If star power still means anything in Hollywood, then how could the new film “Lions for Lambs” make any less than one billion dollars at the box office?
It’s a trick question.
I don’t really believe that “Lions for Lambs” will make anywhere near one billion dollars. I doubt that it will make one billion pennies.
And this is a film that stars Tom Cruise, Meryl Streep and Robert Redford. Remember when capitalizing a movie star’s name meant something?
Cruise, who plays a hawkish U.S. senator trying to parlay a new military strategy in Afghanistan into the White House, is widely accepted as the biggest movie star in the world, despite the hits he’s taken for his outspoken views. Streep, a veteran reporter in the film, remains the greatest actress of her generation. And Redford, who portrays a college professor trying to re-energize a promising student, is, well, Redford. He may not look like that naval officer in the crisp white uniform whom Barbra Streisand drools over in “The Way We Were” anymore, but he is a genuine Hollywood icon.
Yet, these three stars probably won’t make much of a blip on the radar screen when the film opens on Nov. 9. The reason is two-fold: the political subject matter is a turn-off to a war-weary public desperate for escapist fare, and stars don’t shine as brightly as they once did.
Oh, we still love our stars. We’ll watch them on TV as they are stalked by the paparazzi. We’ll read about their exploits in the tabloids and celebrity magazines. And we’ll act smugly superior when they do something stupid.
But we won’t pluck down $10 just to see them in a movie. Those days are long gone.
They need to be in a movie we want to see. If there happens to be a big star in the movie we want to see, it’s a bonus. But a pretty face, washboard abs or great dimples are no longer enough to entice us into a movie theater.
Let’s look at some of the biggest movies of the last six months.
POP QUIZ ALERT!
A. Name the star of “Transformers?”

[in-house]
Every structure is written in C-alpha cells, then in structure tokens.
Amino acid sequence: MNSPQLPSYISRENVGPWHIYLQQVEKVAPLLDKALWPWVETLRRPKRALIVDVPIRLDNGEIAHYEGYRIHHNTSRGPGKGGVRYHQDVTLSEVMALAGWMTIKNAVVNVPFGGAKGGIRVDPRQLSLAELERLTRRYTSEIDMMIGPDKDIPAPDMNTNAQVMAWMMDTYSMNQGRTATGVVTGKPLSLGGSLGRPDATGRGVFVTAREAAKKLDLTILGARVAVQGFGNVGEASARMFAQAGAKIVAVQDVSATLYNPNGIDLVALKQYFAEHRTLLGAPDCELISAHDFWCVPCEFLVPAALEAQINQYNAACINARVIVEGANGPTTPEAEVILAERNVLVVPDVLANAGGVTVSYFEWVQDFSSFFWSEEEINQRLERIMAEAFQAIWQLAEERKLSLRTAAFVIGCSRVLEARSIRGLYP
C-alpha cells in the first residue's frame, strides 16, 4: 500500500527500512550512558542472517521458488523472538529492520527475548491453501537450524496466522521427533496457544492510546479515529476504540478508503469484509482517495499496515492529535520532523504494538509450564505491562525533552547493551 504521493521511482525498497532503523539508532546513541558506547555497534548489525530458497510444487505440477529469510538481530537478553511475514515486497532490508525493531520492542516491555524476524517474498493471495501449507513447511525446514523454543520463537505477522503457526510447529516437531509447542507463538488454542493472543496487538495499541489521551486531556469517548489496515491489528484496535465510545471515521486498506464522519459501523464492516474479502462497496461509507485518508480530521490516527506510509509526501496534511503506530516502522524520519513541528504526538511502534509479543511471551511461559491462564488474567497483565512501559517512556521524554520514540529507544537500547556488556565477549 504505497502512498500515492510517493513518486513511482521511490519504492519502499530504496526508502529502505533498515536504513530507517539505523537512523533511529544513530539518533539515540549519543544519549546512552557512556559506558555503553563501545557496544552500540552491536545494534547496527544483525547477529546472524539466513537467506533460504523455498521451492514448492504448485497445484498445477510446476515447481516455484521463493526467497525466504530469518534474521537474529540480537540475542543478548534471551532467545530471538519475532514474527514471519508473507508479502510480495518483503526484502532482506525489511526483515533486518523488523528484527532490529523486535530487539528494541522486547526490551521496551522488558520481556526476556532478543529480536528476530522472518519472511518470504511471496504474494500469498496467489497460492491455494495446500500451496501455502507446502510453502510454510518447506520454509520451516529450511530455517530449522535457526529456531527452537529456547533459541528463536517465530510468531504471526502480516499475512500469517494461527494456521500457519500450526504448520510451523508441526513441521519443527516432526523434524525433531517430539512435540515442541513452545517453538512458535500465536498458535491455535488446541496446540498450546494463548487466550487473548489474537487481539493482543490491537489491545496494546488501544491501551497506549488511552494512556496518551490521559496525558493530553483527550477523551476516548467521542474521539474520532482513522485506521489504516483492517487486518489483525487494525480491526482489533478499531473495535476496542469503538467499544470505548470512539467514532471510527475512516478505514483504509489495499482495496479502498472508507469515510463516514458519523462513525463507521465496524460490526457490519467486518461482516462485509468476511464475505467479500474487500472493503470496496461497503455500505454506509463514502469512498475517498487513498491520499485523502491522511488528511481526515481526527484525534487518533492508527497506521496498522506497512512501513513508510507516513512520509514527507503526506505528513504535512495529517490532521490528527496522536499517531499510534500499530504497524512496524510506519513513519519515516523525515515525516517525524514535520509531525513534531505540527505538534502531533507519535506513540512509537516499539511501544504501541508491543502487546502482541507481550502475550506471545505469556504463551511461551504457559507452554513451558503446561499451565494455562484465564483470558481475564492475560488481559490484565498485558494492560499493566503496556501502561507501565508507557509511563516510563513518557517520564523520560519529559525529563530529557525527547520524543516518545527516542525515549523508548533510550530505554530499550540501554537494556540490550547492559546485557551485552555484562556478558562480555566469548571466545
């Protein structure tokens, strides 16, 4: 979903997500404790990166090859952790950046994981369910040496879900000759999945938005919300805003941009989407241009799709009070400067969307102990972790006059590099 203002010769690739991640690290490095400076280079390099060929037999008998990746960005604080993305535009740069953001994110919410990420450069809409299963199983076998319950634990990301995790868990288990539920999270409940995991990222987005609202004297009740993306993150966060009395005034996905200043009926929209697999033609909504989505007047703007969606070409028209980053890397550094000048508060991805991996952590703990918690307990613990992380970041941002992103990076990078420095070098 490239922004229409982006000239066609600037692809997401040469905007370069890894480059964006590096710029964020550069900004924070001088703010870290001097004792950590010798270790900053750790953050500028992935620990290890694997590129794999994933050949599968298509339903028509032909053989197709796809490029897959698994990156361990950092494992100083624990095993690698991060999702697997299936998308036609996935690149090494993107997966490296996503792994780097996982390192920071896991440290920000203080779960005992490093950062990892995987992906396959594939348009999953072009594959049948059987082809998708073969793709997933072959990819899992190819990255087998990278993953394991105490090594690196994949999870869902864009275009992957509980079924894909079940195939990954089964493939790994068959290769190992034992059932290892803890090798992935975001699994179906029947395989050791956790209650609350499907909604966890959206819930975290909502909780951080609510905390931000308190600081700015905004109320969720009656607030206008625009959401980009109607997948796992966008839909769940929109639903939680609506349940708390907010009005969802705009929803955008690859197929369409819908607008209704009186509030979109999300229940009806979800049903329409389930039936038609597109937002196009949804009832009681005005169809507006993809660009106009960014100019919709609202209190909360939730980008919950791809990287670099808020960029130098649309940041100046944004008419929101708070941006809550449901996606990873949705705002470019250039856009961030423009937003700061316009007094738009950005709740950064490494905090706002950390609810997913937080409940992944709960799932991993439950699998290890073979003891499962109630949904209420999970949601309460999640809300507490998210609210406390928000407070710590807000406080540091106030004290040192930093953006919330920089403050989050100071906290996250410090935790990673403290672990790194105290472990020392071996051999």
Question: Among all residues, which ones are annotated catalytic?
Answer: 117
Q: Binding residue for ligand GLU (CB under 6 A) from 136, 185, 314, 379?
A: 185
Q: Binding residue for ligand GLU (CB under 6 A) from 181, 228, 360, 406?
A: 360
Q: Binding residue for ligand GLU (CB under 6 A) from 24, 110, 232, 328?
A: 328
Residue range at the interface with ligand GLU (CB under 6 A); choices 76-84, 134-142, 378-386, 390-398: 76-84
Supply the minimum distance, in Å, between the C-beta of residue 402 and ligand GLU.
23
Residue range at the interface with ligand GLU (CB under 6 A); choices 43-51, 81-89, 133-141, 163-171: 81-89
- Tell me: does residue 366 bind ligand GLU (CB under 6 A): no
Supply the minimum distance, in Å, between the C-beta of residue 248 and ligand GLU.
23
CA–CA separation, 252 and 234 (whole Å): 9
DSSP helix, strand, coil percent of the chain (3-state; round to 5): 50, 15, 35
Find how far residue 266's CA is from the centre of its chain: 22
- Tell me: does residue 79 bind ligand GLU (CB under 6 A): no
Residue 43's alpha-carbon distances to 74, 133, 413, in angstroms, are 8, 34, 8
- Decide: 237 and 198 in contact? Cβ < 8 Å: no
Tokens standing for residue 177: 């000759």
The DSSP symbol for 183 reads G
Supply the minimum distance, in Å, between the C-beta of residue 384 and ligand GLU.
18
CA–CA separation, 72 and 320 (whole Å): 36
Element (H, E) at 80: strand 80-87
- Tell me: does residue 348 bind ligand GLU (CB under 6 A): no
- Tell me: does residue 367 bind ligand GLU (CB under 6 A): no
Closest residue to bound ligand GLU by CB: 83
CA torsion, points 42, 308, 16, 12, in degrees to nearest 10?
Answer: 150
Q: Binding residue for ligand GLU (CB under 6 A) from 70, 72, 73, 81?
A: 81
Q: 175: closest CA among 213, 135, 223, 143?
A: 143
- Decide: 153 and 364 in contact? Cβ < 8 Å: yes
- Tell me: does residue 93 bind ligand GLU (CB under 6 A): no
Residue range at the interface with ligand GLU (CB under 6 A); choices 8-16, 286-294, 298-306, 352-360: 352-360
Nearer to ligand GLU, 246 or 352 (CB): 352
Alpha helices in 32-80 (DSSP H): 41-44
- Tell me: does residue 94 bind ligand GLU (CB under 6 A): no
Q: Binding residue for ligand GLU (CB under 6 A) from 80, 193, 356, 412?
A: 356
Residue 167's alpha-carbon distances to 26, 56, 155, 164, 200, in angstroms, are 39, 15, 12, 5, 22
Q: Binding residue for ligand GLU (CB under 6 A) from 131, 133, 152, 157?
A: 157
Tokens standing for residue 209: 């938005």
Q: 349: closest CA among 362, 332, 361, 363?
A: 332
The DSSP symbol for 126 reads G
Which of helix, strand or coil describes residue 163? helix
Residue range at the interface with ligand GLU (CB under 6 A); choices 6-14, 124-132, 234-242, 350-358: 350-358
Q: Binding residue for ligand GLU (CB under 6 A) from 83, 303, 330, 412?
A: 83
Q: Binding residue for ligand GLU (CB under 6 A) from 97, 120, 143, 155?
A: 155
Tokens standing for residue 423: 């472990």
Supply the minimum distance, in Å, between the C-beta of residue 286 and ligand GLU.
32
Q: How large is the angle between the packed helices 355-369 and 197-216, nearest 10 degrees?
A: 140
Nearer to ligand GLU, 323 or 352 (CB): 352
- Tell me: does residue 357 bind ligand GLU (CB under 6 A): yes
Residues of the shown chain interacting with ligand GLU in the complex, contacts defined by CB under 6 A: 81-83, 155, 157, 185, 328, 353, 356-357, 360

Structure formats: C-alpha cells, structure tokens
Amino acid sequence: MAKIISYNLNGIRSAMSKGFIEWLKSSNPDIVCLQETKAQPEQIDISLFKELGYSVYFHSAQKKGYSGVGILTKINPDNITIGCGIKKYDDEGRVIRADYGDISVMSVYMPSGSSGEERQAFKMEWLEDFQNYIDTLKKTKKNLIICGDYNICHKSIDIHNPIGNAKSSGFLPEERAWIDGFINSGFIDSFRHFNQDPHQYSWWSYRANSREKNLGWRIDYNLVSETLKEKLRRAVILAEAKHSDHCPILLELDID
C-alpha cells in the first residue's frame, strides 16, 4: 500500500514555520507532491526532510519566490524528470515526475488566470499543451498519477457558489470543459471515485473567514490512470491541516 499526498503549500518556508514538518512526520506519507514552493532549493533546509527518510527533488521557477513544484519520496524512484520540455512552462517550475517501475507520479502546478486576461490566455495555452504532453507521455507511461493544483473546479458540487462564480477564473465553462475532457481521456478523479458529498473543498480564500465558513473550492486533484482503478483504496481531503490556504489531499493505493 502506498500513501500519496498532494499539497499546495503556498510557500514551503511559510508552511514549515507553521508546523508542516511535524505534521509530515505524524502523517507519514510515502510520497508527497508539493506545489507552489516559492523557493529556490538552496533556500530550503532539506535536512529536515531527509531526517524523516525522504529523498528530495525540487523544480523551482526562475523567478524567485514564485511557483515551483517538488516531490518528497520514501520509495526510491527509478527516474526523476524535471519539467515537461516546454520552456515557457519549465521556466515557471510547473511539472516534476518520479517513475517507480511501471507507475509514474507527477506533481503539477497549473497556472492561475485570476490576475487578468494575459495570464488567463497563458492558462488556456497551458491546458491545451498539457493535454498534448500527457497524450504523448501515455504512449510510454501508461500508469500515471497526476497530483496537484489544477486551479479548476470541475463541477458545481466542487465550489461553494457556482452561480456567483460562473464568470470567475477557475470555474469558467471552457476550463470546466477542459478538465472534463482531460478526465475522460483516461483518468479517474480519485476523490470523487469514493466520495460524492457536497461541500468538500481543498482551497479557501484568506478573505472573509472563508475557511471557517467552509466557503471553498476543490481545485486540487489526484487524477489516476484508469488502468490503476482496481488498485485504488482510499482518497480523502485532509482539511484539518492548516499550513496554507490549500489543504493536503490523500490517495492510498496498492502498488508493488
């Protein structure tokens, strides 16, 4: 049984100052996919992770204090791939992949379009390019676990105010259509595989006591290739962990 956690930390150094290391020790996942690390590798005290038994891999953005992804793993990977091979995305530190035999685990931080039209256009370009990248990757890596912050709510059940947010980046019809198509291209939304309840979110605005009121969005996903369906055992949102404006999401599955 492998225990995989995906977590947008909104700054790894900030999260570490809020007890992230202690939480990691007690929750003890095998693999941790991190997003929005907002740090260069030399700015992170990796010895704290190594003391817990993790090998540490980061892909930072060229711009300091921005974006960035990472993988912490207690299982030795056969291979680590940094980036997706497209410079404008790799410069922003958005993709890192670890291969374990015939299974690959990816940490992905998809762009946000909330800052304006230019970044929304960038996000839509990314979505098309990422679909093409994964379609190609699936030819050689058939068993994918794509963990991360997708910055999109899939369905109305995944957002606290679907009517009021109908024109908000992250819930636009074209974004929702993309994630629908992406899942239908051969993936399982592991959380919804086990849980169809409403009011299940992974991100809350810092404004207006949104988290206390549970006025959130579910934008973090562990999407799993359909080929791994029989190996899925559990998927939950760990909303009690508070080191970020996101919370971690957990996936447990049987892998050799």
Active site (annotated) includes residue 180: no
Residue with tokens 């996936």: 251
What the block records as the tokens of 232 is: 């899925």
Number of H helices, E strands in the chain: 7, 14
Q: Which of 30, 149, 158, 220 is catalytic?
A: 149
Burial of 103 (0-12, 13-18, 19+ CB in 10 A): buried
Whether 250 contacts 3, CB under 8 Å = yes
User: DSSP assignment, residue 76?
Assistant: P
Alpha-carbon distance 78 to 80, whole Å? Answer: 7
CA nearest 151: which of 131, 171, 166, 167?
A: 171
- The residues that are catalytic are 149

B. Name the three stars of “Harry Potter and the Order of the Phoenix?”
C. Name the actor who supplies the voice of the lovable rat in “Ratatouille?”
If you answered (a) Shia LaBeouf, (b) Daniel Radcliffe, Rupert Grint and Emma Watson and © Patton Oswalt, you probably cheated because anybody who could answer those questions without looking them up is not reading this column. They’re at the movies.
My point is that these movies did extraordinarily well because people wanted to see them, not because they wanted to see the stars in them. Attention Daniel Radcliffe fans: Please send all complaints to my editor. Thank you.
There are exceptions to any rash generalization, of course, and I offer them at this time. I believe that many people went to see the latest “Pirates of the Caribbean” adventure specifically because Johnny Depp was in it. His Captain Jack/Keith Richards characterization is a Hollywood classic, and is well worth the price of admission, even if the movie around him is not.
And, while the painfully modest Matt Damon would disagree, I believe that “The Bourne Ultimatum” definitely prospered because of Damon’s involvement in it. The Mattster would argue, and has argued, that the director, the script and the music are the real reasons for that franchise’s success.
I could also make a case for Homer Simpson’s importance to “The Simpson’s” movie this summer, but someone might put me back on my medication.
Putting aside those exceptions, it is not a pretty picture, particularly for the pretty faces of Hollywood.
“The Assassination of Jesse James by the Coward Robert Ford” needs a posse to find an audience, even though Brad Pitt is the star. Who’s getting the most kudos on that movie? The lesser-known Affleck brother, Casey.
And what happened to Jodie Foster’s revenge flick “The Brave One”? Two Oscars don’t go as far as they used to, do they?
George Clooney is the coolest dude in Hollywood. How many of you have seen his well-reviewed film “Michael Clayton?”
“Rendition” stars recent Oscar-winner Reese Witherspoon and boyfriend Jake Gyllenhaal. It’s having trouble climbing the box-office speed bump.
Ben Stiller is arguably the biggest comedy star in the land, but he had trouble generating laughs or box-office revenue for his “The Heartbreak Kid.”
Mark Wahlberg and Joaquin Phoenix put out “We Own the Night,” but didn’t own the box office. Cate Blanchett found nothing golden in “Elizabeth: The Golden Age.” Halle Berry, another Oscar winner, got lost in the shuffle when her new film “Things We Lost in the Fire” hit theaters.
What does this all mean? I’m not sure. All I know is that I can’t wait for that new Tom Hanks movie.
"To celebrate the 50th anniversary of the hit franchise, PopMatters seeks submissions about Star Trek, including: the TV series, from The Original Series (TOS) to the highly anticipated 2017 new installment; the films, both the originals and the J.J. Abrams reboot; and ancillary materials such as novelizations, comic books, videogames, etc.READ the article